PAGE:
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Discussion Starter #1
Does anyone know how to non-destructively disassemble the PPS M2's factory RSA?

Not long after I acquired my first PPS M2 a few weeks ago, I ordered a stainless RSA from Lakeline LLC. When I installed the Lakeline unit in my PPS, I immediately noticed that the springs were weaker than the ones in the factory RSA, i.e., it took less effort to rack the slide. Shooting the PPS confirmed this, as recoil was harsher and spent brass was being ejected farther with the Lakeline RSA.

I contacted Lakeline to inquire if I could swap the unit with one that had stronger springs, and they said they don't make their PPS RSA with different springs. They did, however, offer to take the RSA back for a refund.

I was about the mail the unit back to them when it occurred to me that I could just install the springs from the factory RSA in the Lakeline unit. However, examination of the factory RSA reveals no obvious way to disassemble it in a non-destructive fashion. Does anyone here know if this can be done? I'd like to retain the ability to reassemble and reuse the factory RSA.

Thanks in advance.
 

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dleong, can't help you of the disassembly of the PPS rsa. I'd recommend sending it back to Lakeline for a refund. Then, as chandler suggested, contact BT Guide Rods.
 

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I agree thAt returning the Lakeline RSAA is best. I noticed that Galloway Precision sells a RSA with a choice of three spring tensions including the original spec. I think it cost just under $40. I have purchased some items from them I the past and they were high quality. I am just sticking with the OEM RSA in my PPS M2.
 

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Discussion Starter #8 (Edited)
Actually, I would really like to keep the Lakeline RSA as it is extremely well machined and easily disassembles for cleaning using just an 8mm open end wrench and a 3mm hex key. Some options that come to mind:

A: Return the Lakeline RSA for a refund (less initial and return shipping).

B: Revert to the factory RSA and keep the Lakeline unit as a backup.

C: Use the Lakeline RSA as is. The slightly weaker springs used vis-à-vis the factory RSA probably won't prematurely batter the frame to death, especially since I'm mostly shooting light subsonic handloads. Factory RSA is left intact as a backup.

D: Eventually find a way to non-destructively disassemble the factory RSA and use its springs in the Lakeline unit. This is a best option which allows reassembly and reuse of the original RSA as a backup.

E: Destructively disassemble the factory RSA and transfer its springs to the Lakeline unit. Least desirable option, obviously.

There are other aftermarket RSAs for the PPS that are less expensive than the one from BT (for example, this one from Galloway is $30 and can be ordered in a variety of spring weights), but I'd have to find out if they disassemble as easily as the Lakeline unit for cleaning. For better or worse, I'm very OCD about keeping my firearms clean.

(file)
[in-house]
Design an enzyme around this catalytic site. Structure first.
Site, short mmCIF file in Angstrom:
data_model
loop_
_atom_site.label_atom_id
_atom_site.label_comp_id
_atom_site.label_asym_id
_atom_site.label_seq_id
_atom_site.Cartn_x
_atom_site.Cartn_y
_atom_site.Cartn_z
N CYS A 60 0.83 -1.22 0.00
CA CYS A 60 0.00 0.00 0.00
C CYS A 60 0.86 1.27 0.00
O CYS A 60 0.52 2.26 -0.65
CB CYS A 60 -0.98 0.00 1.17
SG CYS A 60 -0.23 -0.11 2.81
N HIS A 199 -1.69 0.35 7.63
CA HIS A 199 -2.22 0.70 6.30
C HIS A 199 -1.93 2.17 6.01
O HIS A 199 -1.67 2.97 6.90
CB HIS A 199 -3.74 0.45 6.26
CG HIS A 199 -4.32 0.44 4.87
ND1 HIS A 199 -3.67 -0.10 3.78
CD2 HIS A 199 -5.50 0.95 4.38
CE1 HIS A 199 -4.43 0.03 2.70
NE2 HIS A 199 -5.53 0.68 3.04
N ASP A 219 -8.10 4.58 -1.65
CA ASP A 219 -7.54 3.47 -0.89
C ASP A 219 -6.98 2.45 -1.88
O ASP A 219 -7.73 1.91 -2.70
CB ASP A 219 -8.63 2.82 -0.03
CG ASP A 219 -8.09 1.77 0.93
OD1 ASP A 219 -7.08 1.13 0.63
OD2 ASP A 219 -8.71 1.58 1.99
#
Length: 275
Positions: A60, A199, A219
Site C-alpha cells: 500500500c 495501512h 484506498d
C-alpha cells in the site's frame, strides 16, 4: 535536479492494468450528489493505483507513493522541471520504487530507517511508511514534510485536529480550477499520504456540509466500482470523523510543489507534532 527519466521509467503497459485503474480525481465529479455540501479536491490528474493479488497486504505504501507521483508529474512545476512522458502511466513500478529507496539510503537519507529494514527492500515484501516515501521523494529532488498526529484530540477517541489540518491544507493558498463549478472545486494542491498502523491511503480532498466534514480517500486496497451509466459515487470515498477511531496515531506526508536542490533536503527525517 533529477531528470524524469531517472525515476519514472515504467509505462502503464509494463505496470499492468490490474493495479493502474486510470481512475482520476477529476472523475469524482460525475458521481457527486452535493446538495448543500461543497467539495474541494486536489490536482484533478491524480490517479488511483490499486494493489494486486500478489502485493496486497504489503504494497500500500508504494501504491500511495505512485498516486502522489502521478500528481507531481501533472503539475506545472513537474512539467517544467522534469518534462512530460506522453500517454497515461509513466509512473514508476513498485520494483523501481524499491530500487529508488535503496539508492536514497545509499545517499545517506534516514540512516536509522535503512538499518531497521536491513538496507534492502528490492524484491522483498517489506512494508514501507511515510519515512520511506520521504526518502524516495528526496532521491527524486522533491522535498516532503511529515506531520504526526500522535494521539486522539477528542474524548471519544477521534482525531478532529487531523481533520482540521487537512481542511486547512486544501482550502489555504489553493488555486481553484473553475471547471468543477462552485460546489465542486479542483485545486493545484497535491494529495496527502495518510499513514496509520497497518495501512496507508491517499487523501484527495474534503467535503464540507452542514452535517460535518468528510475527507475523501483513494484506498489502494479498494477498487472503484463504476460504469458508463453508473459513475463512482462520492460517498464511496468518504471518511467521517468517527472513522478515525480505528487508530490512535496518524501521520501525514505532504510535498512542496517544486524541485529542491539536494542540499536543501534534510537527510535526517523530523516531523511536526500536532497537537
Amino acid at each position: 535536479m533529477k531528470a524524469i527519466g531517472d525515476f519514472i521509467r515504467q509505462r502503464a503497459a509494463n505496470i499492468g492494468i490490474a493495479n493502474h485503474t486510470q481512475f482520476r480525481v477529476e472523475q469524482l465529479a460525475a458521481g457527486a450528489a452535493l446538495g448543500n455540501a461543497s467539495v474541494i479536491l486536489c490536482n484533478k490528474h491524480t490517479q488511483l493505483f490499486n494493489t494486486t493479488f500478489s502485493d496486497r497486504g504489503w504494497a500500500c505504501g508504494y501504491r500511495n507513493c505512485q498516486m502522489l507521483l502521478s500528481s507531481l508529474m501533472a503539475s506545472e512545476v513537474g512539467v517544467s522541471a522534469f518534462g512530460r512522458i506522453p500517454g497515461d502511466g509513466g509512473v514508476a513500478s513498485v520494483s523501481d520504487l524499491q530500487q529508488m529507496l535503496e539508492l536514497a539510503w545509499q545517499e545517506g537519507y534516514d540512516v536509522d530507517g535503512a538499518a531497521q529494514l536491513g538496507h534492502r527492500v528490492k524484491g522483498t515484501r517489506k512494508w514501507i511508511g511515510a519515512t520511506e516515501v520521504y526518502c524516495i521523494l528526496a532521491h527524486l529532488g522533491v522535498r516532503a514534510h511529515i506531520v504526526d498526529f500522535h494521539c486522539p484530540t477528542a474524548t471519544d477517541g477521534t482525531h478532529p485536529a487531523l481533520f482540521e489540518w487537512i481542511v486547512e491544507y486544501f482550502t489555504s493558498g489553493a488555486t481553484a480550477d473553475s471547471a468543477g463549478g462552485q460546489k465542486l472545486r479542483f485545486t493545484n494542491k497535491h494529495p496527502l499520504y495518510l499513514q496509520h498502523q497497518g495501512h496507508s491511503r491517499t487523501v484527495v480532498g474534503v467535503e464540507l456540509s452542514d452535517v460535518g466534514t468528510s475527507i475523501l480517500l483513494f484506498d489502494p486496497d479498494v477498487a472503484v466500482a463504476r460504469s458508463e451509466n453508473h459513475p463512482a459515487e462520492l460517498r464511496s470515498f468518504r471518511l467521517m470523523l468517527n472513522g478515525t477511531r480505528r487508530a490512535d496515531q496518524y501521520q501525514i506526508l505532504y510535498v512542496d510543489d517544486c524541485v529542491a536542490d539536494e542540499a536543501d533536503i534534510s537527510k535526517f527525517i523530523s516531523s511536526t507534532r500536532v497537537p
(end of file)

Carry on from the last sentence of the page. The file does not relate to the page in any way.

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but I'd have to find out if they disassemble as easily as the Lakeline unit for cleaning. For better or worse, I'm very OCD about keeping my firearms clean.
Instead of disassemble/assemble of the RS I suggest you use a good cleaning solvent and blow the residual off with compressed air.
 

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There is a reason that Walther selected a certain spring tension for the RSA. My guess is that their design engineers believed it to be the proper tension for the gun to accommodate a range of bullet weights, etc. I just do not see myself second guessing the Walther. My PPS M2 functions flawlessly with the factory RSA. The so-called advantages of a SS guide rod are not very convincing. The rod takes such little pressure that is highly unlikely to break. The extra weight of the SS rod is insignificant in reducing muzzle rise or recoil. So why not just leave it be, and either return it or keep i t as a back up if you fear a failure of the OEM RSA.

Added after above. I just read the Lakeline specs for the PPS M2 at the website. They state that they lengthened the rod over the factory spec to reduce the possibility of it dropping out of place. They do not state the specs of the spring they use so it might be factory spec or it might not. So it is not clear if the spring tension or the increased length of the RSA is causing the problems experienced. No way would I keep the RSA after reading that.
 

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The Lakeline RSA uses the same strength and length springs as the factory. Letting them extend a few thousandths more so the recoil assembly doesn't drop out doesn't change a thing except make the pistol easier to put together. And, if I remember correctly, the factory part is crimped together, which is why they vary so much in length, and is also why they can't really be taken apart in a way that they can be used again. But, you can get them apart without damaging the springs. You can see in the OP's photos that the coil count is the same as is the wire diameter.
 
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